By Michael Fitzhugh
Shares of Seattle’s Dendreon (NASDAQ:DNDN) plunged more than 66 percent August 4 after the company reported that doctors’ uncertainty about receiving reimbursement for its prostate cancer drug, Provenge, has slowed its adoption and curtailed forecasted sales.
Management reported it is cutting expenses and staff following a disappointing second quarter in which “increased sensitivity to the impact of cost density on doctors’ practice economics,” difficulty in identifying suitable patients, and supply chain issues hampered sales of the drug. But with Provenge sales falling 14 percent short of consensus estimate for the quarter, analysts have taken to significantly re-evaluating the company’s prospects, and trading volumes have ballooned.
The U.S. Food and Drug Administration approved Provenge in April 2010. But, Dendreon, which sells a regular course of the medicine for $93,000, has found that like many other companies that have recently brought new drugs to market securing regulatory approval is just the first hurdle to success.
Still, the drug’s lackluster performance has drawn fire from analysts, such as Cowen and Company ‘s Eric Schmidt, who downgraded Dendreon shares to a “neutral” rating on the news.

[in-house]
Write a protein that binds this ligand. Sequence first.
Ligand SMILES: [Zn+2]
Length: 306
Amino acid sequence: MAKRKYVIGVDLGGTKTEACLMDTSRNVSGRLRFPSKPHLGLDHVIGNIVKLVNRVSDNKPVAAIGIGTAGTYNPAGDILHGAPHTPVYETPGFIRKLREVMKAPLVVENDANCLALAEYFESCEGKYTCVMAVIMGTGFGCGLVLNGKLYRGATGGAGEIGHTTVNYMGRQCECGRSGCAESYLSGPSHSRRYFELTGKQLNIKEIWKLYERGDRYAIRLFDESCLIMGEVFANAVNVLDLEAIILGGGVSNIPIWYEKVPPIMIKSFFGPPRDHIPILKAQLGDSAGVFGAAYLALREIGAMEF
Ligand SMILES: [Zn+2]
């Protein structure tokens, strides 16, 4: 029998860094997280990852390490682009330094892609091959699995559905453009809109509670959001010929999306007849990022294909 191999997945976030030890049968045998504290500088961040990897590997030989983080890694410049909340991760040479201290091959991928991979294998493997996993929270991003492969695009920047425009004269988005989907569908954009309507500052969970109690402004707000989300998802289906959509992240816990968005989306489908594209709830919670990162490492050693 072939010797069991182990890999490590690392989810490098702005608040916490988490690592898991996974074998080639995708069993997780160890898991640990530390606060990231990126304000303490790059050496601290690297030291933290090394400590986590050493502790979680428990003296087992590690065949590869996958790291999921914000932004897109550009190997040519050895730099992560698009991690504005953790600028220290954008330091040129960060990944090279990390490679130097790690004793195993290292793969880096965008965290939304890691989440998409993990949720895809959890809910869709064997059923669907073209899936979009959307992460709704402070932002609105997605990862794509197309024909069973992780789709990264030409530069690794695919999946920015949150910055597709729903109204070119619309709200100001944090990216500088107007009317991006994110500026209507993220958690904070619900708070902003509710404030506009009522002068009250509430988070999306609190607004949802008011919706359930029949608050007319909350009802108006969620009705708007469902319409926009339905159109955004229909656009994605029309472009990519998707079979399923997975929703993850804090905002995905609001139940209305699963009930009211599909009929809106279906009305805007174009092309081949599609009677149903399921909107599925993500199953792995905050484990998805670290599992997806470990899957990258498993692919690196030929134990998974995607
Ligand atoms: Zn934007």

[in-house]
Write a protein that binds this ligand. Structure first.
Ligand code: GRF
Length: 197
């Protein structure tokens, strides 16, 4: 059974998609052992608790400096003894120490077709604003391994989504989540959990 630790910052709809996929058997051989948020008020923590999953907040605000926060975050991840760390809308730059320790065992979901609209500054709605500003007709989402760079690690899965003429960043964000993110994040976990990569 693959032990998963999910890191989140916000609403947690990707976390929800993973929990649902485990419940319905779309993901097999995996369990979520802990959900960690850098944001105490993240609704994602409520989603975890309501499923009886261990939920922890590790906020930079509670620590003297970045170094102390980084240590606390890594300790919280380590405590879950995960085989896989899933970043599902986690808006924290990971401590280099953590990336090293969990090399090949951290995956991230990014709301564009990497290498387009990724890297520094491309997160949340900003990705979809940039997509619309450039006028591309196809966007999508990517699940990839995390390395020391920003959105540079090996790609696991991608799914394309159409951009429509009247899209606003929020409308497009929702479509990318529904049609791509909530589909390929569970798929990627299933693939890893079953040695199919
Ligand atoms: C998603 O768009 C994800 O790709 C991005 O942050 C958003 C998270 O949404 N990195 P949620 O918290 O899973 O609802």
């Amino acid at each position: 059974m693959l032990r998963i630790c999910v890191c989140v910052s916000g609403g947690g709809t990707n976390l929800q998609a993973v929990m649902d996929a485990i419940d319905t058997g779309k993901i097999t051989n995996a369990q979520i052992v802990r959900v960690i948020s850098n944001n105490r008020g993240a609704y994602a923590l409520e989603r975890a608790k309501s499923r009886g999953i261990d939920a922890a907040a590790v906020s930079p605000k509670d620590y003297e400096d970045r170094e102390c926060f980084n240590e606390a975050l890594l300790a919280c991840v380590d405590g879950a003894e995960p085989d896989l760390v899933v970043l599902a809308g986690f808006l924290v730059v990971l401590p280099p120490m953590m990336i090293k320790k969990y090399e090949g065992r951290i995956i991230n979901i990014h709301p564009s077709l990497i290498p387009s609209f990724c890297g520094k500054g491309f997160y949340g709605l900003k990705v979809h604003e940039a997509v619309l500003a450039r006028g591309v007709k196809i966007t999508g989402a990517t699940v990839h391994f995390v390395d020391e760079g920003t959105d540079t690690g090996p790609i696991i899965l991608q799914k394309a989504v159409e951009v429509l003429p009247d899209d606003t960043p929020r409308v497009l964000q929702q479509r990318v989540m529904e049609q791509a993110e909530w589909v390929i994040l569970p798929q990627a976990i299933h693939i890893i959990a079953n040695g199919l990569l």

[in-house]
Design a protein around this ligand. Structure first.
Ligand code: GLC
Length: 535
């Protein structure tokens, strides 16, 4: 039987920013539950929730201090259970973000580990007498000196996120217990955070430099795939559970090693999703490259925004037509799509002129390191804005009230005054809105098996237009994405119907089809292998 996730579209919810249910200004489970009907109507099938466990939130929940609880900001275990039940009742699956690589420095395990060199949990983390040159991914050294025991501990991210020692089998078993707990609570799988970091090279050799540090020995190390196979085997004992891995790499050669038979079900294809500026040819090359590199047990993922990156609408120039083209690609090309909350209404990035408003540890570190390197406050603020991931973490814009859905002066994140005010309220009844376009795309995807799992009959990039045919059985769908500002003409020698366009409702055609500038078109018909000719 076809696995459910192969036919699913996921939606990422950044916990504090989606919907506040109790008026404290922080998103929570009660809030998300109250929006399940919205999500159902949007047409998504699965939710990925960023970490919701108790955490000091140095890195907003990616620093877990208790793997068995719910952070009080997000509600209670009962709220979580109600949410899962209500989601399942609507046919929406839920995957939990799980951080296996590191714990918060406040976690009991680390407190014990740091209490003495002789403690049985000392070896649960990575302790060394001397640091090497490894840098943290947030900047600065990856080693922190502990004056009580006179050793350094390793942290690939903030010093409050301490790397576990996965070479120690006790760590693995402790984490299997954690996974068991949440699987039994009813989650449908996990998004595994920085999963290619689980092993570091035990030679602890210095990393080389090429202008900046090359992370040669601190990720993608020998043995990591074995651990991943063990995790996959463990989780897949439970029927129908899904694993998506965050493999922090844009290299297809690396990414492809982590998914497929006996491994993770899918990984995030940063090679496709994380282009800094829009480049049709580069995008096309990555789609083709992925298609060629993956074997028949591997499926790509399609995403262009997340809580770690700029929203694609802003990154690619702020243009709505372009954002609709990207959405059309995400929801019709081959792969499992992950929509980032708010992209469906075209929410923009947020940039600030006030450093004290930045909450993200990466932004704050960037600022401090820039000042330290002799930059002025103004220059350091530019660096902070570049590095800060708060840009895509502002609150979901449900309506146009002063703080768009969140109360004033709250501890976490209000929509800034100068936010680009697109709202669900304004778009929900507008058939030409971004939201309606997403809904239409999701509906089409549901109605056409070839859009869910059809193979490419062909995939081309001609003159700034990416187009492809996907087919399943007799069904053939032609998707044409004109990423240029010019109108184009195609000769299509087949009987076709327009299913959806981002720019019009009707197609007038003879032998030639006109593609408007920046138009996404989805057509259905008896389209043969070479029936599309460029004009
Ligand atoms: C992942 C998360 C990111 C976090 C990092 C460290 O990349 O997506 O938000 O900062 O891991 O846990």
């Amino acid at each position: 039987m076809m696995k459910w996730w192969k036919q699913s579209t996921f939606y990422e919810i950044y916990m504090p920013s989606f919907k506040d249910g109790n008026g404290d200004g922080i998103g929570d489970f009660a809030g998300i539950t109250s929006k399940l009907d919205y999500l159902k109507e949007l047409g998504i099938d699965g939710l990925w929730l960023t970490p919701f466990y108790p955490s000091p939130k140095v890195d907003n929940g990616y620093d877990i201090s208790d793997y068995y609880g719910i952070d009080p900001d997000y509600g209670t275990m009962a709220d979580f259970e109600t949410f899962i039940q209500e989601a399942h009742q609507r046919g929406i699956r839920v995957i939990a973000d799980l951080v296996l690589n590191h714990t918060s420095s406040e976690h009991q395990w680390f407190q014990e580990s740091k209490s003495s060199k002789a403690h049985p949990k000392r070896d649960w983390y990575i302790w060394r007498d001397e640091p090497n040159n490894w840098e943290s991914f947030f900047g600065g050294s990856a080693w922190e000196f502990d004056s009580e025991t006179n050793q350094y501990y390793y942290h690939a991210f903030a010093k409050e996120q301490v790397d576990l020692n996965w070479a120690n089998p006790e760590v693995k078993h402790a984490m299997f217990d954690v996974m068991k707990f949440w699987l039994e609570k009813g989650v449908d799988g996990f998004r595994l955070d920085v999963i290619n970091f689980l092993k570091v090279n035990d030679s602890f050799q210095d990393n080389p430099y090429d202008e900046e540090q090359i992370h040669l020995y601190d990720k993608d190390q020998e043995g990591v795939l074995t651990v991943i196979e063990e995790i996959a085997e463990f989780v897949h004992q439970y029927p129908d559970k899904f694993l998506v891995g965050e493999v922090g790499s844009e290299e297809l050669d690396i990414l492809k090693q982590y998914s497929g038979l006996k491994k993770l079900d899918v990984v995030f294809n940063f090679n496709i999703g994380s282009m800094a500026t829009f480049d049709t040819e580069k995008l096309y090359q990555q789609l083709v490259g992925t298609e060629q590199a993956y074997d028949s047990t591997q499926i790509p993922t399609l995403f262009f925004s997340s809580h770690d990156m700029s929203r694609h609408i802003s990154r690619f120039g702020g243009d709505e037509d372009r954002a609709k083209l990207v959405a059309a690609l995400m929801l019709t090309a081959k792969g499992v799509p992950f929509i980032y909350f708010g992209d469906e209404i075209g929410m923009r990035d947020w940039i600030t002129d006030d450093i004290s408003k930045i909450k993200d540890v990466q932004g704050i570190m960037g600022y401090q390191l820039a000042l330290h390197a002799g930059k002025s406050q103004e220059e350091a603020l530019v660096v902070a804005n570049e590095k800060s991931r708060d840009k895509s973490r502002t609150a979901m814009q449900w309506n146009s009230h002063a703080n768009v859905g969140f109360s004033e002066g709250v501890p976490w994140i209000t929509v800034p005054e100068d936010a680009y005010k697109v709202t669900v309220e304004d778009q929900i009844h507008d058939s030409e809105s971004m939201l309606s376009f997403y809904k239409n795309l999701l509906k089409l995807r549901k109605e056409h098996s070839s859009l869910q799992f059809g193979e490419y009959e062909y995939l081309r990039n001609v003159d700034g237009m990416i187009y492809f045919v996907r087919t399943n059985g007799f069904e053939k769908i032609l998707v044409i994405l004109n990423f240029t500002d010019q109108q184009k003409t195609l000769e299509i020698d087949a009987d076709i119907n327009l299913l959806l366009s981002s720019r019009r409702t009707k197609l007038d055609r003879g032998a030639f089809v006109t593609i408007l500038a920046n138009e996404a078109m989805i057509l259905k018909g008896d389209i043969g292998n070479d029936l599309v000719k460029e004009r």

“By now investors are familiar with a host of reasons to explain a disappointing drug launch. While it could be that Dendreon's explanations ultimately prove true, and that Provenge's ramp is simply delayed, we are tired of making excuses for what has been a disappointing commercial trajectory since day one of launch,” Schmidt wrote in a note to investors. “In our view, the simplest explanation for the drug's poor commercial performance is that demand is lower than we had predicted.”
With that, Schmidt lowered Cowen’s worldwide Provenge sales estimate from roughly $3 billion to $1.6 billion.
The company has lowered its estimates too. It withdrew its previous guidance of $350 million to $400 million in 2011 revenue and now expects “modest quarter over quarter revenue growth,” it said in its second quarter earnings statement.
Dendreon says that reimbursement issues will begin to clear as more doctors become aware of Medicare’s decision to reimburse them for the vaccine and other administrative barriers to timely reimbursement alleviate concern over the long time it can take to obtain reimbursement under the current way in which reimbursement claims are handled.
“However, we believe this will take time,” said Mitchell Gold, Dendreon’s president and CEO during a conference call with investors, “and for the remainder of 2011, the launch trajectory will reflect a more gradual adoption of Provenge as physicians gain confidence in this positive reimbursement landscape.”